State and U.S. authorities said Tuesday that they have moved to shut down a network of alleged con artists who tricked consumers into buying illicit remedies for bad credit.
As part of the scam, con artists would solicit consumers with poor credit histories to buy instructions on how to establish new credit records, authorities said.
The instructions sold for up to $399 on the promise that they contained legal secrets for clearing up blemished credit records. But authorities say they offered advice on how to break the law by switching Social Security numbers, turning hapless consumers into felons.
Lawyers for the Federal Trade Commission and attorneys general from 14 states announced the filing of 38 civil actions aimed at crippling the scams. U.S. Treasury officials said they had served search warrants in five criminal cases.
"These scams target very vulnerable consumers," said Jodie Bernstein, director of the FTC's Bureau of Consumer Protection. "They prey on people . . . who may be desperate to develop a clean credit history so they can get a loan, get a job or buy a car."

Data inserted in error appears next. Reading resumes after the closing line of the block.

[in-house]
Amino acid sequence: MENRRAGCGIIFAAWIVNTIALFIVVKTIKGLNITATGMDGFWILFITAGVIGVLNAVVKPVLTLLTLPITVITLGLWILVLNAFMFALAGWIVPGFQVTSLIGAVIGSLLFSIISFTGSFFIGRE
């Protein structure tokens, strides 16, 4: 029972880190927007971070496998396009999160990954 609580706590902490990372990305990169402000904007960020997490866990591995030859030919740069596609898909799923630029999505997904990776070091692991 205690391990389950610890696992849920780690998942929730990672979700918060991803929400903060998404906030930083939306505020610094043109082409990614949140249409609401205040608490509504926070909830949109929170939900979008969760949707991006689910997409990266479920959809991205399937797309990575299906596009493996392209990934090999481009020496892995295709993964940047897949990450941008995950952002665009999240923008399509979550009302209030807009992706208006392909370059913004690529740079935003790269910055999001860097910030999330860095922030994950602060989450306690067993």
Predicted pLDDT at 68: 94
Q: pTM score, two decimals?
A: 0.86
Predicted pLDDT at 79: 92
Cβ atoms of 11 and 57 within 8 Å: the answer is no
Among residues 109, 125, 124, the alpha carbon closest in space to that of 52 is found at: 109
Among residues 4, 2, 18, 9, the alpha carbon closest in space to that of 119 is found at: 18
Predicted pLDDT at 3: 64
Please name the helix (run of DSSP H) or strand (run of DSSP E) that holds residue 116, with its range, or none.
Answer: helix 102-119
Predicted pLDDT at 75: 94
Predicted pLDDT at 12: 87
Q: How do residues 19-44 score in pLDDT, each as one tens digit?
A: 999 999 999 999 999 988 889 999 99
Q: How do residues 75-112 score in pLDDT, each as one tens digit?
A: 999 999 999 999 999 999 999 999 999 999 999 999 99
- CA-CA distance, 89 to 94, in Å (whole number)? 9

In addition to the civil actions, 58 people have been indicted or entered guilty pleas on charges of cheating creditors, Treasury Department officials said. Victims who unwittingly filed false reports will not be prosecuted, they said.
The con artists would typically advise consumers to apply for a federal employee identification number--usually reserved for businesses to report financial data. Consumers were then advised to use it as their Social Security number on loan documents and credit forms. That practice is a felony.
One of the FTC's targets was Ralph L. Mitchell Jr., who marketed his services on several Web sites. His $32.95 book, "Credit Secrets," advises consumers to "adjust" their Social Security numbers according to a formula, the FTC said.
Mitchell, whose Web sites list a Riverside telephone number, also markets products such as Grobust, which he touts as "the herbal alternative to breast enlargement."
A federal judge issued an order Monday freezing Mitchell's assets, the FTC said. Mitchell did not return phone calls Tuesday.